Time+Place: Monday 28/03/2016 14:30 Room NOTE CHANGE OF ROOM Auditorium 2 Taub Bld.
Title: Your phone can and should do all the image/video processing and machine learning you need: Child Development Screening for Everybody
Speaker: Prof. Guillermo Sapiro - DISTINGUISHED POLLAK LECTURE SERIES http://ece.duke.edu/faculty/guillermo-sapiro
Affiliation: Edmund T. Pratt, Jr. School Professor of Electrical and Computer Engineering, Duke University
Host: Prof. Ron Kimmel, Prof. Michael Elad and Prof. Alfred M. Bruckstein


Pollak Distinguished Lecture Series 2016

1st Lecture -  March 28, 2016, 14:30,  Auditorium 2, Taub

Your phone can and should do all the image/video processing and machine 
learning you need: Child Development Screening for Everybody


Let us start with some incredible and very sad numbers:

- 1 in 9 children have the need for intervention due to developmental 

- The waiting time for an autism expert in top hospitals in the US is 
about 1 year.

- Autism is diagnosed on average 4 years later than what is possible.

- In Africa there are 50 experts to attend 1/2 billion children.

Then we ask ourselves, how can we solve this? In this talk we will 
describe how we are using technology to develop fast and reliable 
screening methods for child development and mental health, in particular 
autism. We use the fact that phones have screes, cameras, and a small 
super-computer, all integrated in one device.

We will share our technology, experience, and results. These come from 
extensive testing in a pediatric clinic in Duke Hospital as well as with 
the internationally deployed Autism&Beyond iOS app.

The lecture is self-contained and dedicated to all that have an interest 
in helping humanity, in revolutionizing child health care, and also 
maybe in technology for health-care.

This work is the result of close collaboration with a large 
interdisciplinary team to be described in the talk.


2nd Lecture -  March 30, 2016, 14:30, Taub 337  

Your phone can and should do all the image/video processing and machine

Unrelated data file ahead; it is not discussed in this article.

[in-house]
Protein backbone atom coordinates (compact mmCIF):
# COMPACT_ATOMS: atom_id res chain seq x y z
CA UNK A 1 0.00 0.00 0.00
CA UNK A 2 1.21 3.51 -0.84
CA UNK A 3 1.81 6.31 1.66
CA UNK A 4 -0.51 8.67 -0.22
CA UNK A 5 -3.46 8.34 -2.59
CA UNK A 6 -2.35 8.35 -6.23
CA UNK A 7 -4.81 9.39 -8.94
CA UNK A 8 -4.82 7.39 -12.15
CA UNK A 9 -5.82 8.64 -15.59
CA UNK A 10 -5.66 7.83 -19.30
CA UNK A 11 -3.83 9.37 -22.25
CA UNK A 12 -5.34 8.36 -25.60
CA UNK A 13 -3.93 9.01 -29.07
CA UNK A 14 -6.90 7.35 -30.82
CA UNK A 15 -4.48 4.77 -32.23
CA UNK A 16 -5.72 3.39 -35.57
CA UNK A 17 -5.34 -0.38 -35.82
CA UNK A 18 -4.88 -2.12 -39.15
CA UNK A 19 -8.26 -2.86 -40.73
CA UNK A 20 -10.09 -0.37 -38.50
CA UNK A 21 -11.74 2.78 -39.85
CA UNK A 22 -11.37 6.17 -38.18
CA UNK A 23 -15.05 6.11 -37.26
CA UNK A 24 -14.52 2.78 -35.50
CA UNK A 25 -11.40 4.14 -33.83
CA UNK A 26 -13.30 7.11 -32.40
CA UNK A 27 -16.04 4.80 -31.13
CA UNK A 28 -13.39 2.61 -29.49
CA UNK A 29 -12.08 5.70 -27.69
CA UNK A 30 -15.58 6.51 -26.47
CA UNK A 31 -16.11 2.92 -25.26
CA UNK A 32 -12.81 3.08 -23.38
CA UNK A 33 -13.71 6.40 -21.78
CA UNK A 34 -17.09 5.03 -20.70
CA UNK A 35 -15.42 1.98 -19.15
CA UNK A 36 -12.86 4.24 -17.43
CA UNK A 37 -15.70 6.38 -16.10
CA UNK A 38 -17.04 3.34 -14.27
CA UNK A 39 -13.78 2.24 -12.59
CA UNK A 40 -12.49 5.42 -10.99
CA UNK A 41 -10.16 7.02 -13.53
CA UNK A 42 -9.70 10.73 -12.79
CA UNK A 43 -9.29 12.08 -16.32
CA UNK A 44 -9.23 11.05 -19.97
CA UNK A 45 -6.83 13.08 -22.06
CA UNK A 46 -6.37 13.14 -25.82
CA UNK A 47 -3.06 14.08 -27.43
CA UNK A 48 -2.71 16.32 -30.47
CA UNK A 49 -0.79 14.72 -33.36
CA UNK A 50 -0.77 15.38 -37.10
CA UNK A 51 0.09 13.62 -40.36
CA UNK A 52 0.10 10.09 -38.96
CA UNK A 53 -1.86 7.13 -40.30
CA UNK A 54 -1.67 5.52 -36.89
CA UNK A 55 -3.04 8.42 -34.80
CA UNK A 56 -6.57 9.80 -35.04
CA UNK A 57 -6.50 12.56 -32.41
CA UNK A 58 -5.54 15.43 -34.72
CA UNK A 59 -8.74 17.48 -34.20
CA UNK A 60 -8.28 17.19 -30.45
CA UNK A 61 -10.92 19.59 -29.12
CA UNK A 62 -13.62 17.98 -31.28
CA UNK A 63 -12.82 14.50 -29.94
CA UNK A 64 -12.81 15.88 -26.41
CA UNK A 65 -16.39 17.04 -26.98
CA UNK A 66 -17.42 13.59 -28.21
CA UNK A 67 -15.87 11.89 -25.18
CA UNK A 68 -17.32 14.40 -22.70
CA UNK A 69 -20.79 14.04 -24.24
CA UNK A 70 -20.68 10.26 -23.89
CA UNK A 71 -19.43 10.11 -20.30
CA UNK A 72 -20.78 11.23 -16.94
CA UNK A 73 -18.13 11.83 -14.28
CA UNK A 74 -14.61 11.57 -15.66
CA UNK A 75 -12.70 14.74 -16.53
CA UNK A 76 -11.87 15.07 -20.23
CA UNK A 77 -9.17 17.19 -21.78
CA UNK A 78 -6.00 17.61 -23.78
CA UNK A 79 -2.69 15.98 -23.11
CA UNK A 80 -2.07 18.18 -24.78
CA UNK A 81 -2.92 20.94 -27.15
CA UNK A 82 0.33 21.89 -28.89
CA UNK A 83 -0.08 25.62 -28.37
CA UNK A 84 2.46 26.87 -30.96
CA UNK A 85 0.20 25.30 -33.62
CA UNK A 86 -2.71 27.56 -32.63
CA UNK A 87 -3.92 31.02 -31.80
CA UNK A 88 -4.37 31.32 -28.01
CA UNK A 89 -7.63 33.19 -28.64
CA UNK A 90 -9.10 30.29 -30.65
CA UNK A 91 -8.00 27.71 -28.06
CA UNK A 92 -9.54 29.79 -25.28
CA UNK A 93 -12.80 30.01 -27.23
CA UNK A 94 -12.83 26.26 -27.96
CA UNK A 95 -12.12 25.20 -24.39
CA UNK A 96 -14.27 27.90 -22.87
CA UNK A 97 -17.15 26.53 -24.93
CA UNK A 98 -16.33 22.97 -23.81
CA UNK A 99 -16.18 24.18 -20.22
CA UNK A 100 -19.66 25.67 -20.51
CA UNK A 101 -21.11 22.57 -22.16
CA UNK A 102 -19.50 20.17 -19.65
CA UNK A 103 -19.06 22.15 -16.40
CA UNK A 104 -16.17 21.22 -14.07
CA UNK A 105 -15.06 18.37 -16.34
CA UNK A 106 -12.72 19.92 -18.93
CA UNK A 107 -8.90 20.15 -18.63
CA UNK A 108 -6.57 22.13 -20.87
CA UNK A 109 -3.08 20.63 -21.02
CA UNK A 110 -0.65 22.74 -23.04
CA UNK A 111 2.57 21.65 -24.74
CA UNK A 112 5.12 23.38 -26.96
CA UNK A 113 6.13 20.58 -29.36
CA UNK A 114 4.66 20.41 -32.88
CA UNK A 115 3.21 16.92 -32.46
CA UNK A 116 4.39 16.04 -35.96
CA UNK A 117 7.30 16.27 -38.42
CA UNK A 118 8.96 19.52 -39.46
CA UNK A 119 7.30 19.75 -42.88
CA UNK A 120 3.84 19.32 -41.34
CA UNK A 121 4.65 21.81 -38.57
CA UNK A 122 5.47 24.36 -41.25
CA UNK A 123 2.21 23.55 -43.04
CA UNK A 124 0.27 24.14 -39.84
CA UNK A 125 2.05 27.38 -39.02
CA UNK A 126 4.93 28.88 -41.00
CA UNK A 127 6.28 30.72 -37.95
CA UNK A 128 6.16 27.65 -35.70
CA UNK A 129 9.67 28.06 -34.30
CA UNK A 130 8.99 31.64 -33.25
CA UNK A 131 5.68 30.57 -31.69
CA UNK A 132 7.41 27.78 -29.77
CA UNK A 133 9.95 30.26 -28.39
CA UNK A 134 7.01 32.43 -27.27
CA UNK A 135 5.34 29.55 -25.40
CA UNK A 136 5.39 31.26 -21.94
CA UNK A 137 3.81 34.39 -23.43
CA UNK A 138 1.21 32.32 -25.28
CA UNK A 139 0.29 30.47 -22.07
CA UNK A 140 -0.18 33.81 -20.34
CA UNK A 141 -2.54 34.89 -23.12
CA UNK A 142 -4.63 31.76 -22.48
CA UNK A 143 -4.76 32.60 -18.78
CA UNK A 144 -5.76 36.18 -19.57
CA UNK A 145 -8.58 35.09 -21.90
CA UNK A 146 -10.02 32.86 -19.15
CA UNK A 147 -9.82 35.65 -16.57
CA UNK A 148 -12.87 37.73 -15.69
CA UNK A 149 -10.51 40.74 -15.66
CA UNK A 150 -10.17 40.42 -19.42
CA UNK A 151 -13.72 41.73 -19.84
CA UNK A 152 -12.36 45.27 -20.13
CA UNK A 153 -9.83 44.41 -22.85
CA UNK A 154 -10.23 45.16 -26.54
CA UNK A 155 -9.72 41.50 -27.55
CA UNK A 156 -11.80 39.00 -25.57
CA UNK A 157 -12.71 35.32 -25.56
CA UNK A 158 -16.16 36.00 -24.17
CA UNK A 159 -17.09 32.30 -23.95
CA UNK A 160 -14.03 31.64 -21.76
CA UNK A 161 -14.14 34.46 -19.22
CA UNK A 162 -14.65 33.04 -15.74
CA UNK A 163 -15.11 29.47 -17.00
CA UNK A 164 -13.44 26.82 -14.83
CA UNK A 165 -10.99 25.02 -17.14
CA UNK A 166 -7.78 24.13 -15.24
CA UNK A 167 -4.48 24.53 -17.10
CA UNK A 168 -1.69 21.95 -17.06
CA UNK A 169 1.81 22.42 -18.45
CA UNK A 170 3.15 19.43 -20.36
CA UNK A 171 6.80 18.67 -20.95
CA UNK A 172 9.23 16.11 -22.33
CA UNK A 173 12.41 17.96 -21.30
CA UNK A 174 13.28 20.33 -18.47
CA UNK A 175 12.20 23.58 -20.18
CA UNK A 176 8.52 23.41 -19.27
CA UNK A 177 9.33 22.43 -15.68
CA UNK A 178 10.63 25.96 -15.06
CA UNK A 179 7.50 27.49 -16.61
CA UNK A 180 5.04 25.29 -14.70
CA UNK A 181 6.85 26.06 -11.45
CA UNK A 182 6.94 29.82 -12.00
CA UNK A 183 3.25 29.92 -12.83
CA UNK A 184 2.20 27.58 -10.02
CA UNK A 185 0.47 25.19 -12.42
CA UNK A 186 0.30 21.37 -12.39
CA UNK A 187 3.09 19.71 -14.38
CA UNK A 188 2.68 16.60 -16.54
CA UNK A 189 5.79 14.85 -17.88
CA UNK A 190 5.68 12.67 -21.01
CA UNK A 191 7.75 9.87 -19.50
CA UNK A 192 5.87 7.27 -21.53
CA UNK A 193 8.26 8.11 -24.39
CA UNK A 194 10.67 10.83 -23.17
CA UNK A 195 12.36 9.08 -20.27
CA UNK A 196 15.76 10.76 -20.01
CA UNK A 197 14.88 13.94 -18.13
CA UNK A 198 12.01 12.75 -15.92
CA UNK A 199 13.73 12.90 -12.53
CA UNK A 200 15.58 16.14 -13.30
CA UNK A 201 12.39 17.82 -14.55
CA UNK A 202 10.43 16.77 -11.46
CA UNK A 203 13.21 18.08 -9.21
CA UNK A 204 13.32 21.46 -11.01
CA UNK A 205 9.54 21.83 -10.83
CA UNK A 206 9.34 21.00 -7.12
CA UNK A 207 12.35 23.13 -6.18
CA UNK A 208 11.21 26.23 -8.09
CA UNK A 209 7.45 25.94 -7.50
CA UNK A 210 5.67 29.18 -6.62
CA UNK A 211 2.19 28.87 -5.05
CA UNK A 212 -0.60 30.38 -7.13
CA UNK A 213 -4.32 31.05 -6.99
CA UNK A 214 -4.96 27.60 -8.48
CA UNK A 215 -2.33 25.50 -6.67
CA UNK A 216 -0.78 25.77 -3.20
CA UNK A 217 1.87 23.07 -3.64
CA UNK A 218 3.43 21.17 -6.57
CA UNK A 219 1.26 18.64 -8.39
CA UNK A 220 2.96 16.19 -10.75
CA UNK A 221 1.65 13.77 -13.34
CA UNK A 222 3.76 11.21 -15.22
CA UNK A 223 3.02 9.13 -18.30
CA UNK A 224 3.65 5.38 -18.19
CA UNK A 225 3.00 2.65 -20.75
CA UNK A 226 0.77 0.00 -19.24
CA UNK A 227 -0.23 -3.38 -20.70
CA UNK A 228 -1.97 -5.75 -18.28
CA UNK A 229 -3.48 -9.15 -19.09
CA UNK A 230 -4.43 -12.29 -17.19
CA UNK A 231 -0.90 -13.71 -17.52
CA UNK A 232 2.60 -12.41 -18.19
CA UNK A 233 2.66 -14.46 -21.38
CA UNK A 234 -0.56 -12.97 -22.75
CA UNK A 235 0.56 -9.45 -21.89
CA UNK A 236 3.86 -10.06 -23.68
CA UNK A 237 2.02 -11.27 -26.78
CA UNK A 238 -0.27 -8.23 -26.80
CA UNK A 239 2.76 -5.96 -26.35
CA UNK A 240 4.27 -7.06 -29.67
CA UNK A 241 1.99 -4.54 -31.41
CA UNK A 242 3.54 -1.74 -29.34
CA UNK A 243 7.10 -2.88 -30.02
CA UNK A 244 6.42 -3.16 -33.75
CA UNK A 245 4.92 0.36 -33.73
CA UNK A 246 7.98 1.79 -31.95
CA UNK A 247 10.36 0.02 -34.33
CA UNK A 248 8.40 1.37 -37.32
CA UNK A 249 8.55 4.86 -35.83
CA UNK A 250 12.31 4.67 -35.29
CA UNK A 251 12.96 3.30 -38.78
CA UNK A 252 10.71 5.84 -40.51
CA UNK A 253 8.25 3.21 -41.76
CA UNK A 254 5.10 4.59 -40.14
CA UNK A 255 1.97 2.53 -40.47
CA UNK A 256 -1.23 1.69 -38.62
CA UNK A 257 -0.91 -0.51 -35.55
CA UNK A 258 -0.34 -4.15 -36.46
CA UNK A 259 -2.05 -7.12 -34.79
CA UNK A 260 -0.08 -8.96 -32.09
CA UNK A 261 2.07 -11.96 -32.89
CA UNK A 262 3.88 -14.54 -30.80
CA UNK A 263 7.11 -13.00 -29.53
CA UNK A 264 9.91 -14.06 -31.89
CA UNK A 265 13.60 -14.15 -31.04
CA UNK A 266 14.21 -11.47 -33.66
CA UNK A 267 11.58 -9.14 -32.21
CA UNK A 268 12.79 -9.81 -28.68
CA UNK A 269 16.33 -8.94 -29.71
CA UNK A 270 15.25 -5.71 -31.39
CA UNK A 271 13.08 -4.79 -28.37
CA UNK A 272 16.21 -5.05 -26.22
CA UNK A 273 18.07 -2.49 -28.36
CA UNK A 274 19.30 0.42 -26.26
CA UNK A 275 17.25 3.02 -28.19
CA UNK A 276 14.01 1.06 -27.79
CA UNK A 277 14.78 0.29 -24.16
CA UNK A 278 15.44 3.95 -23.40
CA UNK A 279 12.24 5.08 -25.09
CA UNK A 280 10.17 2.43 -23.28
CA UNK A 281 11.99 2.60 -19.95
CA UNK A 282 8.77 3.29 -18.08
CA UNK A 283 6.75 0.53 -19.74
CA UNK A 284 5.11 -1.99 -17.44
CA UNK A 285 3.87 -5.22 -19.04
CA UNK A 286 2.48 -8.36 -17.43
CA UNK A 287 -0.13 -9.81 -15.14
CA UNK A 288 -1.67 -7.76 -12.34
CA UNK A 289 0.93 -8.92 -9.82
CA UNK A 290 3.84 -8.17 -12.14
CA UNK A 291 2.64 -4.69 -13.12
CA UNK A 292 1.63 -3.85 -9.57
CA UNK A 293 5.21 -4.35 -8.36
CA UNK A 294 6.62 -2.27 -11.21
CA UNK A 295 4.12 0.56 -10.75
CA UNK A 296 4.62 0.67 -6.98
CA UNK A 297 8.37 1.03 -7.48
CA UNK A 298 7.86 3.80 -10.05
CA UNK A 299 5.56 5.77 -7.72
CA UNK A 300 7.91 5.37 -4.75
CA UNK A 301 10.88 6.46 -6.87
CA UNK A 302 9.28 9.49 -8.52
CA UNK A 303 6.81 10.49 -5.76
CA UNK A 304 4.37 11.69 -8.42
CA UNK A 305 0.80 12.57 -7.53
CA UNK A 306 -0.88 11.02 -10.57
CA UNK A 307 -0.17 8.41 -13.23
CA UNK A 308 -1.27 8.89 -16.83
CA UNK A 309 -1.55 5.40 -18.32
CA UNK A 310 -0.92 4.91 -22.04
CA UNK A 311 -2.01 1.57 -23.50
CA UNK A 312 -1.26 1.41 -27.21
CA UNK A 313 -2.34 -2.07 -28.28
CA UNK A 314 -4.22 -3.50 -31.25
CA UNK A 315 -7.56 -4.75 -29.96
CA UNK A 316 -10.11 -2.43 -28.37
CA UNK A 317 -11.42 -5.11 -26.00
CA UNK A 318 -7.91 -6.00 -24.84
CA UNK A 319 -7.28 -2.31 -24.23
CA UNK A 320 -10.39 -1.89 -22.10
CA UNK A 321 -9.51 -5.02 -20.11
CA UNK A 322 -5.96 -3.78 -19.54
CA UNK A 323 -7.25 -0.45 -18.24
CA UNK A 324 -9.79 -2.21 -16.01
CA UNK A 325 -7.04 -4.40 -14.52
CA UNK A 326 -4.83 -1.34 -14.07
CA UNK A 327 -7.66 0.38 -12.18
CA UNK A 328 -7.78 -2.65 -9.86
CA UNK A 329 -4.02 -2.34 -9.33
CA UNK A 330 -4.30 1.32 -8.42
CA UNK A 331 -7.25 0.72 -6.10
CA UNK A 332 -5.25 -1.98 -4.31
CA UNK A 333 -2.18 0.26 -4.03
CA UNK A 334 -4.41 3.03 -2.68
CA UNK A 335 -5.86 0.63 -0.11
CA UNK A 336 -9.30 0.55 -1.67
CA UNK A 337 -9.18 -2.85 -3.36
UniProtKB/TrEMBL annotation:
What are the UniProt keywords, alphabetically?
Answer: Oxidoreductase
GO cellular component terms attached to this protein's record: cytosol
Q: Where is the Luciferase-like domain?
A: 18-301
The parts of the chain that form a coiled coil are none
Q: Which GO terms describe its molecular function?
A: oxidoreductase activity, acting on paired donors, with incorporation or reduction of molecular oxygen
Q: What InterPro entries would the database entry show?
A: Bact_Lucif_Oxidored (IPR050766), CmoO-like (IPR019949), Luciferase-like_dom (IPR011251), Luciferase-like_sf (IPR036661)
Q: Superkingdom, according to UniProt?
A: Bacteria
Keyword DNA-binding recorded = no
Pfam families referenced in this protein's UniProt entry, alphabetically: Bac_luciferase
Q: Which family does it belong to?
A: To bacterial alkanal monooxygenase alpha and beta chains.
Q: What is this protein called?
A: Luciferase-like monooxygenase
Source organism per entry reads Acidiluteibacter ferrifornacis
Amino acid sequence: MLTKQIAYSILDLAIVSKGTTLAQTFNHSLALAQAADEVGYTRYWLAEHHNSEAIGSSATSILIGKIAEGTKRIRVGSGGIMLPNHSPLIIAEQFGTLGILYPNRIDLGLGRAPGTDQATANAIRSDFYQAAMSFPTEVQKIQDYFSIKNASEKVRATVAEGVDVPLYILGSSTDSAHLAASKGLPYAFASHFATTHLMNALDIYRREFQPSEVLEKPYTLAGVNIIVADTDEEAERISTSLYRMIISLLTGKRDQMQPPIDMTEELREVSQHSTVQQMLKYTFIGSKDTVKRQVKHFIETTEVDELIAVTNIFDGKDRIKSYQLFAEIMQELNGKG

learning you need: Video Enhancement and Face Recognition


We live in the era of big data, and while big data is helping to address 
very important challenges, it comes at a significant cost. For example, 
the leading results in face recognition report using hundreds of 
millions of labeled data (yes, hundreds of millions) and training in 
some of the largest supercomputers for several hundred hours. Then, the 
trained systems are so big that they need special computers to store 
their parameters. While these aspects are not of concern for very 
important applications, they are for many of our daily tasks.

Intellectually, if we decide to operate under limited resources, we open 
the door to new technologies and developments.

We will illustrate an approach to do face recognition on your mobile 
device, achieving state-of-the-art results while using several orders of 
magnitude less data (only in the thousands) and training (only minutes 
on a desktop) than current state-of-the-art. We will also show how to 
solve the problem of camera shake via a trivial algorithm (FFT is 
back!). Both examples illustrate that a bit of thinking can save several 
tera bytes of data and programming.

The work is the result of close collaborations with Qiang Qiu, Mauricio 
Delbracio, and Alex Bronstein.


Short Bio:

Guillermo Sapiro received his B.Sc. (summa cum laude), M.Sc., and Ph.D. from 
the Department of Electrical Engineering at the Technion, Israel Institute of
Technology, in 1989, 1991, and 1993 respectively. After post-doctoral research 
at MIT, Dr. Sapiro became Member of Technical Staff at the research facilities of
HP Labs in Palo Alto, California. He was with the Department of Electrical and 
Computer Engineering at the University of Minnesota, where he held the position of
Distinguished McKnight University Professor and Vincentine Hermes-Luh Chair in 
Electrical and Computer Engineering. Currently he is the Edmund T. Pratt, Jr.
School Professor with Duke University.

G. Sapiro works on theory and applications in computer vision, computer graphics, 
medical imaging, image analysis, and machine learning. He has authored and
co-authored over 300 papers in these areas and has written a book published by 
Cambridge University Press, January 2001.

G. Sapiro was awarded the Gutwirth Scholarship for Special Excellence in Graduate 
Studies in 1991,  the Ollendorff Fellowship for Excellence in Vision and Image
Understanding Work in 1992,  the Rothschild Fellowship for Post-Doctoral Studies in 
1993, the Office of Naval Research Young Investigator Award in 1998, the Presidential 
Early Career Awards for Scientist and Engineers (PECASE) in 1998, the National Science 
Foundation Career Award in 1999, and the National Security Science and Engineering 
Faculty Fellowship in 2010. He received the test of time award at ICCV 2011.
G. Sapiro is a Fellow of IEEE and SIAM.
G. Sapiro was the founding Editor-in-Chief of the SIAM Journal on Imaging Sciences.

Refreshments will be served from 14:00
Lecture starts at 14:30